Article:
Indonesia’s poverty rate lowest in history
The Indonesian Central Statistics Agency (BPS) has recorded the country’s poverty rate at 9.82 percent as of March 2018, the lowest in recorded history and the first time it has dropped below 10 percent.
According to the Minister of National Development Planning, Bambang Brodjonegoro, there are three factors that have contributed to the decrease in poverty rate. First, government social assistance in the form of cash and non-cash benefits. Second, inflation control, especially for commodities that contribute the most to the expenditure of poor families such as rice, cigarettes, chicken eggs, housing, petrol, electricity, education and toiletries. Third, a high farmers’ terms of trade rate, which is an indicator of farmers’ welfare that compares the price index received by farmers and price index paid by farmers in percentages.
The development of infrastructure such as toll roads has played an important role on decreasing the poverty rate. Minister Bambang stated infrastructure has allowed government assistance to be delivered on time to those in need. This has also opened more employment opportunities and also encouraged people to start their own businesses.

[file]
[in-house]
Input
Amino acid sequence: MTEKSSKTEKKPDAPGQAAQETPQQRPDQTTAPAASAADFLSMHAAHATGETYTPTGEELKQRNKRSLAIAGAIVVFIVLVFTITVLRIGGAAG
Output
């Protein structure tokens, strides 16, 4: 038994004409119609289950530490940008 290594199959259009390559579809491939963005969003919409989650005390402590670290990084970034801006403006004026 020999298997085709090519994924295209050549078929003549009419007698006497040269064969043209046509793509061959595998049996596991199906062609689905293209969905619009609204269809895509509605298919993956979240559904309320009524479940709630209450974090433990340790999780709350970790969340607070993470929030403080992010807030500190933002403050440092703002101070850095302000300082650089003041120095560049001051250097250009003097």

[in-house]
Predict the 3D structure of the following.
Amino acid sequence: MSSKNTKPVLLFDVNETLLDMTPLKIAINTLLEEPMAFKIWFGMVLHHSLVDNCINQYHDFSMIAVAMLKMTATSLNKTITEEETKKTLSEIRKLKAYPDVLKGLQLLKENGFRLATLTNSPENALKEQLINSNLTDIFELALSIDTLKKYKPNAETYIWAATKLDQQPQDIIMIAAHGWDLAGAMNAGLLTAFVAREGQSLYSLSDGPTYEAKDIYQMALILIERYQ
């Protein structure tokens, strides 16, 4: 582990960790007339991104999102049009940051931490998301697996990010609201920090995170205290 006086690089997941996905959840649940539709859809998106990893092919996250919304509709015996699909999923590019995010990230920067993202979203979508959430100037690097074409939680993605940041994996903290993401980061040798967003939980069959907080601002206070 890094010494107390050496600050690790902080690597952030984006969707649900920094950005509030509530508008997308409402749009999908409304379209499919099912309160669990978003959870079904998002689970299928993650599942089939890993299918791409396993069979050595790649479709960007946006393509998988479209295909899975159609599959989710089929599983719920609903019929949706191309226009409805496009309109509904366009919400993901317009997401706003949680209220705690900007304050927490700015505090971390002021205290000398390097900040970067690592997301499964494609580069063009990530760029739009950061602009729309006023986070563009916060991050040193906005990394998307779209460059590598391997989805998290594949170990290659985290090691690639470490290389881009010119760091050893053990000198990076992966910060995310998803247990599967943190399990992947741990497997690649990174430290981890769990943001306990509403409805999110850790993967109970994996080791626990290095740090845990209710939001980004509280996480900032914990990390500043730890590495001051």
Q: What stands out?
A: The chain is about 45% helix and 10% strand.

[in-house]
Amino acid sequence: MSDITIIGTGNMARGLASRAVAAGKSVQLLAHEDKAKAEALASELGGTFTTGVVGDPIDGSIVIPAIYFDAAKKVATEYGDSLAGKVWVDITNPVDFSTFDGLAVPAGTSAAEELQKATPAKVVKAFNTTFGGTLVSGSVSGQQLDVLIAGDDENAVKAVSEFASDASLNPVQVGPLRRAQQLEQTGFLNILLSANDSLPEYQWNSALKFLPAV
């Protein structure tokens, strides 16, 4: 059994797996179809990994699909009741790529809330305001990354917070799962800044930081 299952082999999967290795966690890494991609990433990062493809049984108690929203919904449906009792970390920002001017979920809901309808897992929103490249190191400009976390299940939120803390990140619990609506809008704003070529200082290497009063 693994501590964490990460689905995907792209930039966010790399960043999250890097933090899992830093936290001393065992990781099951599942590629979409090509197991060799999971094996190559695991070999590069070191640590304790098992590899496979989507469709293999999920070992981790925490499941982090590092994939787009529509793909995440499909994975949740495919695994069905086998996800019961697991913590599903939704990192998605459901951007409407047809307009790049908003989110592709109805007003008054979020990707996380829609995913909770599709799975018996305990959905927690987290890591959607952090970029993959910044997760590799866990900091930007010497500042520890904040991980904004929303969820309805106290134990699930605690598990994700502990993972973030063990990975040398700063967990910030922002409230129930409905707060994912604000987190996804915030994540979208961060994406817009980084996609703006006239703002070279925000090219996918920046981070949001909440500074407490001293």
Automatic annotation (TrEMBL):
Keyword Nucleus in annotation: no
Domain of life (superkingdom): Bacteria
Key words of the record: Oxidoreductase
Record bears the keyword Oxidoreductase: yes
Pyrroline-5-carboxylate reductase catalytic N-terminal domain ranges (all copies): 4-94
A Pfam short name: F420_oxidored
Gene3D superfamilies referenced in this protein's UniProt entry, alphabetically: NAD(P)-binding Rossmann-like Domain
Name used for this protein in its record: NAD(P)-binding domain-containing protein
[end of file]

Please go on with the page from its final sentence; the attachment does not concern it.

While this is another milestone for Indonesia to celebrate, the government still has a lot of work to do to ensure equitable development across the regions. Disparity remains high, as indicated by urban poverty recorded at a low 7.02 percent while rural poverty reached 13.2 percent. Additionally, a number of provinces in the eastern region such as Papua and Maluku still record a significantly higher rate of poverty of 21.2 percent. In comparison, Java’s poverty rate is 8,94 percent and North Kalimantan recorded a rate of 7.09 percent. Java remains the centre of economic growth, contributing approximately 58 percent of Indonesia’s GDP.
Some have also criticised the numbers released by BPS, saying the benchmark used to measure poverty was too low. BPS official numbers measured poverty as those receiving an income of less than Rp 387,000 per month, or around Rp 12,900 per day which converts to US$0.89 per day. This is far below the standard of international organisations such as the World Bank, which defines extreme poverty as living on less than US$1.90 per day and moderate poverty as less than US$3.10 per day. The Director of the Institute for Development of Economics and Finance Enny Sri Hartati stated that if Indonesia were to measure according to international standards there would be around 70 million people (26.6 percent of population) recorded to live in poverty as opposed to the 25.95 million people according to official government numbers.